Hva folk mener - Skriv en omtale
Vi har ikke funnet noen omtaler på noen av de vanlige stedene.
Andre utgaver - Vis alle
answer appeared arms asked Baron beautiful better Blair Blanche cabin California called camp Captain Carlist civil Colonel comet Crabb dark dead death Doctor Don Carlos door Ebeneazer Ellice eyes face feeling feet felt Fort Bayard Gazelle girl gold Grayling guerite hand head heard heart Hershfeldt hour Hunter Indians John Brown King knew lady land light live look ment miles Miss Gillis Miss Rankine Modocs morning mother mountains nature ness never night O. M. WOZENCRAFT once party passed perhaps Persephone reached river San Francisco seemed side silent Sonora soon Spain speak spoils system Spreewald stood tell thing thought tion took trapper tree turned Uncle Lish uncon Wendish Wends wife wild woman words young
Side 179 - I answer: It has not and cannot have them; it is the poetry of the builders of an age of prose and reason. Though they may write in verse, though they may in a certain sense be masters of the art of versification, Dryden and Pope are not classics of our poetry, they are classics of our prose.
Side 178 - We should conceive of poetry worthily, and more highly than it has been the custom to conceive of it. We should conceive of it as capable of higher uses, and called to higher destinies, than those which in general men have assigned to it hitherto.
Side 503 - According to another version of the same proverbial rhyme, we are told : — " The man's a fool who tries by force or skill To stem the current of a woman's will, For if she will, she will, you may depend on't, And if she won't, she won't, and there's an end on't...
Side 457 - ... WE knew it would rain, for all the morn A spirit on slender ropes of mist Was lowering its golden buckets down Into the vapory amethyst Of marshes and swamps and dismal fens, — Scooping the dew that lay in the flowers, Dipping the jewels out of the sea, To sprinkle them over the land in showers. We knew it would rain, for the poplars showed The white of their leaves, the amber grain Shrunk in the wind — and the lightning now Is tangled in tremulous skeins of rain!
Side 124 - Yet his face brightened beneath the stars; and, looking at it through the twilight, the sculptor's remembrance went back to that scene in the Capitol, where, both in features and expression, Donatello had seemed identical with the Faun. And still there was a resemblance; for now, when first the idea was suggested of living for the welfare of his fellow-creatures, the original beauty, which sorrow had partly effaced, came back elevated and spiritualized. In the black depths the Faun had found a soul,...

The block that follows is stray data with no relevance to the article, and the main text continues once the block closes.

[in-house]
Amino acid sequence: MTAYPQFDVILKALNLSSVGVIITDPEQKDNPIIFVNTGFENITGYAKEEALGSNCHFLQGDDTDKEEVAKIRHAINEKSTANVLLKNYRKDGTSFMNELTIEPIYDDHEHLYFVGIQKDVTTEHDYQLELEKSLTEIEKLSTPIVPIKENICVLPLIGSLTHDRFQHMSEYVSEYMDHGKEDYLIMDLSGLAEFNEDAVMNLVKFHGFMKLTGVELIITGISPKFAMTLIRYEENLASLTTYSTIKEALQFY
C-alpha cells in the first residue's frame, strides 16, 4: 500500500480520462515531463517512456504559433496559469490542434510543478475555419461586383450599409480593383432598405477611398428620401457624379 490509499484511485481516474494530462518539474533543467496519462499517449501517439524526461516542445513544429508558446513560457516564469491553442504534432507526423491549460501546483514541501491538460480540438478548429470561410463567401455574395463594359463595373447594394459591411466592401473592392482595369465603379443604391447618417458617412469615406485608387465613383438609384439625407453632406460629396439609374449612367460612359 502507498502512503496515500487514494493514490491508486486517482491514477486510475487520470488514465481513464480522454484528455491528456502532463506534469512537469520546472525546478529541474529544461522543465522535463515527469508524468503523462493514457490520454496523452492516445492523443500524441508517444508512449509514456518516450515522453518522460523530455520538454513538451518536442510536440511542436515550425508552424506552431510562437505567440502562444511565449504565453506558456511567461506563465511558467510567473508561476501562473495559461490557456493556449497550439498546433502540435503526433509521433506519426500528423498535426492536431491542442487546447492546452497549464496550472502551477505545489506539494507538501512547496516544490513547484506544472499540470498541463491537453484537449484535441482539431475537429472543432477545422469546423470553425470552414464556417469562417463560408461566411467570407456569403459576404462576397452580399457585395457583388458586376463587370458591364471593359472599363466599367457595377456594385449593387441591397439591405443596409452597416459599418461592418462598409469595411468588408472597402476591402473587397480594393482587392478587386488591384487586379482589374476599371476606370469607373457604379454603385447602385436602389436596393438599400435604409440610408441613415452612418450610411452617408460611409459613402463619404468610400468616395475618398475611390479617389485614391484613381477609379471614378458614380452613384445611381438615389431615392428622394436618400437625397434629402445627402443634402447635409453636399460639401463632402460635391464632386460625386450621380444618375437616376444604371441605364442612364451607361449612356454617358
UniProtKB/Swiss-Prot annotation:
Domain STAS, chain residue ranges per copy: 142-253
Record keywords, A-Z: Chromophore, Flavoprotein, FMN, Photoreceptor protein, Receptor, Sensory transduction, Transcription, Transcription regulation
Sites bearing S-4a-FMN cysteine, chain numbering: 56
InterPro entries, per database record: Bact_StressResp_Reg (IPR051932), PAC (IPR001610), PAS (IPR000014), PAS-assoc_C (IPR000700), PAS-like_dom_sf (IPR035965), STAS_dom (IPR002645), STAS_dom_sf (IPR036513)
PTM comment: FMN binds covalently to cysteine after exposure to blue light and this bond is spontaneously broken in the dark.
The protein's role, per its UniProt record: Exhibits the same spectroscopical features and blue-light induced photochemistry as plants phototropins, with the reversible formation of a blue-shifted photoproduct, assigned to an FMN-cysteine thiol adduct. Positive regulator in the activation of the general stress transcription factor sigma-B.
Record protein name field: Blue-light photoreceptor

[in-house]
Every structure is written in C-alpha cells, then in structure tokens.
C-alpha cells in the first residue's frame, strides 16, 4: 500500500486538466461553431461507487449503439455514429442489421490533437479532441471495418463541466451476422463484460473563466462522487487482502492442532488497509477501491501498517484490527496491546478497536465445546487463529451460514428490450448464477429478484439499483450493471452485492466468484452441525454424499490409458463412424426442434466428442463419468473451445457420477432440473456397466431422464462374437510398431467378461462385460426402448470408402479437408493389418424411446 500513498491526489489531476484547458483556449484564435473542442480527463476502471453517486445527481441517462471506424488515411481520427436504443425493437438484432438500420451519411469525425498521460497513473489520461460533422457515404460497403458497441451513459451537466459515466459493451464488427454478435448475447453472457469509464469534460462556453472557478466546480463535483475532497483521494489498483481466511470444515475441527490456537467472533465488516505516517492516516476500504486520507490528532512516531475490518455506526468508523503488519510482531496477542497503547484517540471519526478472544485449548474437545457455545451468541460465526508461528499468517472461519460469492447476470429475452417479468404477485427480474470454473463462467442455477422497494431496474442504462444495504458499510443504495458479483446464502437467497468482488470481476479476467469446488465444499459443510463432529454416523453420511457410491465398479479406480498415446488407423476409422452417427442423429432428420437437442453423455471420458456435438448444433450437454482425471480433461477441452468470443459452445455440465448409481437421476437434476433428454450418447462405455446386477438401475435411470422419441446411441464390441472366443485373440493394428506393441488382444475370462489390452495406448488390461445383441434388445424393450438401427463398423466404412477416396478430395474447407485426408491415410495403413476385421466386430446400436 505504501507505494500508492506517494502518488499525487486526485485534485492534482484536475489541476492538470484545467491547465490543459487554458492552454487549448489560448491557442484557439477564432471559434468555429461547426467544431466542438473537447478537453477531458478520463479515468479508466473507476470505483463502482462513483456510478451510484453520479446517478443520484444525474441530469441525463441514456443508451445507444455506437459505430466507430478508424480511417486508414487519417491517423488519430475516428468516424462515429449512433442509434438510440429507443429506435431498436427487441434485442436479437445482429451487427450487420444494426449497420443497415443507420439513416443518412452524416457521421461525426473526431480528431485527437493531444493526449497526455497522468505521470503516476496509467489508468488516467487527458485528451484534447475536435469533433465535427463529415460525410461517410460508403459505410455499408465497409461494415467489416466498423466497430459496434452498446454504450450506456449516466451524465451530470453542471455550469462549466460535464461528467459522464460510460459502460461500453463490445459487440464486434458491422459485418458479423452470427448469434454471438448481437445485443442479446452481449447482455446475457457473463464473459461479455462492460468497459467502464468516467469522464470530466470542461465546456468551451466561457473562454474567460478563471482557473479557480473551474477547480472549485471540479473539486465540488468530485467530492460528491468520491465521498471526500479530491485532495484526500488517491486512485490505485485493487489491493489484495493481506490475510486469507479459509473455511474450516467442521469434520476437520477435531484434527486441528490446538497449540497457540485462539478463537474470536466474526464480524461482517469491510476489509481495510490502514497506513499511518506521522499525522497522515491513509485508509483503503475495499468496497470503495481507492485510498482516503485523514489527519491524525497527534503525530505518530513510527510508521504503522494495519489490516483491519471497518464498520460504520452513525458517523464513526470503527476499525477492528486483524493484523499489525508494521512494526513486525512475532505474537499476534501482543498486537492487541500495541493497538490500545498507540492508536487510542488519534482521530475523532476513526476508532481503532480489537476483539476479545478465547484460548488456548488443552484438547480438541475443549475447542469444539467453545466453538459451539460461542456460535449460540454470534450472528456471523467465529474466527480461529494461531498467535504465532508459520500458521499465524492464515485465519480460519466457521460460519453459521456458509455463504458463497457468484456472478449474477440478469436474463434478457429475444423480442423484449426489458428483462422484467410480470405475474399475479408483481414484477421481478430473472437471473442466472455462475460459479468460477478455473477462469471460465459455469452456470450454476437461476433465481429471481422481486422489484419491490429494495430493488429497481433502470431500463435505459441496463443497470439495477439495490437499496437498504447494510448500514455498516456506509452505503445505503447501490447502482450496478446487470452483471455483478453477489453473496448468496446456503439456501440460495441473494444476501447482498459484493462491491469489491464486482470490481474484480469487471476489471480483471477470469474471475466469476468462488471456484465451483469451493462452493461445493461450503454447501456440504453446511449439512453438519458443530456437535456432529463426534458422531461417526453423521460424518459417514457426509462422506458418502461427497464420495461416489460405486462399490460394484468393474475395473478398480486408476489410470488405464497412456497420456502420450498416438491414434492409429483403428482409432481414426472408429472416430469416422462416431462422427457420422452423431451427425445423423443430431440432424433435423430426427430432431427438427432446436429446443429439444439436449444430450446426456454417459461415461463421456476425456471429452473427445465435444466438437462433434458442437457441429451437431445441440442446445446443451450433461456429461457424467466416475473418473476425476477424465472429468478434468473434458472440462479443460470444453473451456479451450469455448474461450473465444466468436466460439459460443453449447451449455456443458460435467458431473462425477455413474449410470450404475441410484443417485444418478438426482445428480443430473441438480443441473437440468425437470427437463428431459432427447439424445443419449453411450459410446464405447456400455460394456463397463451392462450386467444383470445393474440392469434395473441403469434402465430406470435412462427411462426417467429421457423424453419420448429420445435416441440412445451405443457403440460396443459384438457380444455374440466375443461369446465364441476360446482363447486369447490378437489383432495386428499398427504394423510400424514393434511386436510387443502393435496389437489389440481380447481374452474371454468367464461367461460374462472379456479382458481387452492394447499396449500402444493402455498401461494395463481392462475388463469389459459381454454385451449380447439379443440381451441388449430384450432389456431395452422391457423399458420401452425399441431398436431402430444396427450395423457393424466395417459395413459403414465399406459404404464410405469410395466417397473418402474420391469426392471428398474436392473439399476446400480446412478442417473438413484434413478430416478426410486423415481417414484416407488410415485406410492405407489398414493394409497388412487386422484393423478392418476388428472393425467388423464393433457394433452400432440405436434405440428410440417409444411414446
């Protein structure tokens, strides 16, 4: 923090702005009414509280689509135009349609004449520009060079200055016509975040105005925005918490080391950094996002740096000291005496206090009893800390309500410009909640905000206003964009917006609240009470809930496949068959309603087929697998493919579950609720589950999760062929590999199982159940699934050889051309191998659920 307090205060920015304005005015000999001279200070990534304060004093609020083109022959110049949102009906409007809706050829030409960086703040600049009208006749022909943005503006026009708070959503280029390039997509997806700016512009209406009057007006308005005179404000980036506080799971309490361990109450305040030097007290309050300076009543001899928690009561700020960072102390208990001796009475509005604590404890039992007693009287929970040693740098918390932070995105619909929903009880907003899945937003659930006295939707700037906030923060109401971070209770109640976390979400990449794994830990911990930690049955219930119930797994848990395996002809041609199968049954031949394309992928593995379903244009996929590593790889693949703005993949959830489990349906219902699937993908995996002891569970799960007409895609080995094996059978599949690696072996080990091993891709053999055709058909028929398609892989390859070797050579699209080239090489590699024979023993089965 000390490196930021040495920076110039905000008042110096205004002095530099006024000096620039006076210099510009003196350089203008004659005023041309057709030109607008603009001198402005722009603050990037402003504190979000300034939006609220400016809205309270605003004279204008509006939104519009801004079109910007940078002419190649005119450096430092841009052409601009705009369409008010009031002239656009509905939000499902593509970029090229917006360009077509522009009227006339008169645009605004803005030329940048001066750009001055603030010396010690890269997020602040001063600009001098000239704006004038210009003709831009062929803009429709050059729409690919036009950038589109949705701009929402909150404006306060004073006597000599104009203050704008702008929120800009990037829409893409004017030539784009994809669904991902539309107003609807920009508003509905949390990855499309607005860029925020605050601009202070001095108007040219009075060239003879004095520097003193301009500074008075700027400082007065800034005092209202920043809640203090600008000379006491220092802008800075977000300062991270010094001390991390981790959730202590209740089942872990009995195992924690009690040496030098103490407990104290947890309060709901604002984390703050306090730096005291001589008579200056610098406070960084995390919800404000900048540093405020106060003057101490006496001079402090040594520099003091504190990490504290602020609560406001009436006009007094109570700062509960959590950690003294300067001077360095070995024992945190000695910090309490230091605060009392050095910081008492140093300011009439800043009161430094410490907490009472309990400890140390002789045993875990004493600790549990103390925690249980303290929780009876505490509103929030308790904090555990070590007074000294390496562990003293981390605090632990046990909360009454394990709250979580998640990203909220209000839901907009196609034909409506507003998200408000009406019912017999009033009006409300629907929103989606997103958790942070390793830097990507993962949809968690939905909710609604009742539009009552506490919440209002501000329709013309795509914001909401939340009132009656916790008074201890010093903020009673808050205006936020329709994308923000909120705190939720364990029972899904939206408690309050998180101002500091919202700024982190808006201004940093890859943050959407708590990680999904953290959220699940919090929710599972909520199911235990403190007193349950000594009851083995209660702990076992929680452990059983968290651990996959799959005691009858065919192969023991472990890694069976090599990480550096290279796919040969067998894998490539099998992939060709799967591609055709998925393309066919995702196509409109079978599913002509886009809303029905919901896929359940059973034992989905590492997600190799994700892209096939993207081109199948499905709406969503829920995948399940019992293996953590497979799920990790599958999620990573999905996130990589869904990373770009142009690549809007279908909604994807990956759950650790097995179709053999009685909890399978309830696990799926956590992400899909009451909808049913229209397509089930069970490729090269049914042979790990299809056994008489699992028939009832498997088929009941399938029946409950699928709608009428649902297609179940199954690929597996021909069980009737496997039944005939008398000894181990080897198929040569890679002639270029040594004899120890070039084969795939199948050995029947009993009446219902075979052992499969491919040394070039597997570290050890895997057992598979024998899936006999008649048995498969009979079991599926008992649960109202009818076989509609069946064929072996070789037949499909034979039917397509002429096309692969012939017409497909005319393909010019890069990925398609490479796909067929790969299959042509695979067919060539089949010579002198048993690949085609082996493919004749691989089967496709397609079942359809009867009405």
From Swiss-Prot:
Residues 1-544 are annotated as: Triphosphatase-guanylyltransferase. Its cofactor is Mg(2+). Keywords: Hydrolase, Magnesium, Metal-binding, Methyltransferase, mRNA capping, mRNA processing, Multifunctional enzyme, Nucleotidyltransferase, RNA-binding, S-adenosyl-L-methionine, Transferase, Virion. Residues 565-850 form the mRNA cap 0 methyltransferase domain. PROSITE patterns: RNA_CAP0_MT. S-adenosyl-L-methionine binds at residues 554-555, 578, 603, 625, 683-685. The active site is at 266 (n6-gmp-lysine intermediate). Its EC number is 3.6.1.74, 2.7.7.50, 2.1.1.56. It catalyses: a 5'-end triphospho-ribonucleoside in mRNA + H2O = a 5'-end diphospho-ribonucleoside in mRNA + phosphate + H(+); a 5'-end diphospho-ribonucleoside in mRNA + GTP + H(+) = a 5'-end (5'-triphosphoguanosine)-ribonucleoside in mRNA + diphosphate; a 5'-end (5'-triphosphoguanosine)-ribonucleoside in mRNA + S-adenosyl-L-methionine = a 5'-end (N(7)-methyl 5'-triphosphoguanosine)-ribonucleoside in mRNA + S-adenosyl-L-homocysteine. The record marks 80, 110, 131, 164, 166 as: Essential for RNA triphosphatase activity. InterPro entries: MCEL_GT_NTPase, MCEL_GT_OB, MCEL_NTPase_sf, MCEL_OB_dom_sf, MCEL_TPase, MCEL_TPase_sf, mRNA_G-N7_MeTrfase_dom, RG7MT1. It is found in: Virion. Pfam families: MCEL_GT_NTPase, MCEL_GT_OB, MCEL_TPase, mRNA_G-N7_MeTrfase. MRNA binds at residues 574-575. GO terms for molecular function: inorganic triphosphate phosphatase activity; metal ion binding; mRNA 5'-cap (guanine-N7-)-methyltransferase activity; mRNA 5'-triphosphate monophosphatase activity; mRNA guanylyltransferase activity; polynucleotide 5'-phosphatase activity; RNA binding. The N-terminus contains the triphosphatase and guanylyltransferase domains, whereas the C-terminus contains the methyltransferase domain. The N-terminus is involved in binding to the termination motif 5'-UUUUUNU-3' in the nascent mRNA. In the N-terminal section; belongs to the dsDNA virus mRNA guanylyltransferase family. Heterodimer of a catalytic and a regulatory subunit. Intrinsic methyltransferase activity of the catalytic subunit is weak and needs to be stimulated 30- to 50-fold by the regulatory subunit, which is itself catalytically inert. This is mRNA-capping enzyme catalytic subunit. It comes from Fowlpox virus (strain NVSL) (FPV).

Side 123 - Help, friends! help!" but, as with dreamers when they shout, her voice would perish inaudibly in the remoteness that seemed such a little way. This perception of an infinite, shivering solitude, amid which we cannot come close enough to human beings to be warmed by them, and where they turn to cold, chilly shapes of mist, is one of the most forlorn results of any accident, misfortune, crime, or peculiarity of character, that puts an individual ajar with the world.
Side 72 - but firm, truthful, and intelligent. His men, too, who survive, are like him.... Colonel Washington says that he was the coolest and firmest man he ever saw in defying danger and death. With one son dead by his side, and another shot through, he felt the pulse of his dying son with one hand, and held his rifle with the other, and commanded his men with the utmost composure, encouraging them to be firm, and to sell their lives as dear as they could. Of the three white prisoners, Brown, Stevens, and...
Side 106 - The Czar is dead; the woman dead, About her neck a cord. In God's house rests his royal head — Hers in a place abhorred — Yet...
Side 184 - Presently, Brummell came out, talking eagerly to some friends, and, not seeing the Prince or his party, he took up a position near the check-taker's bar. As the crowd flowed out, Brummell was gradually pressed backward, until he was all but driven against the Regent, who distinctly saw him, but who of course would not move.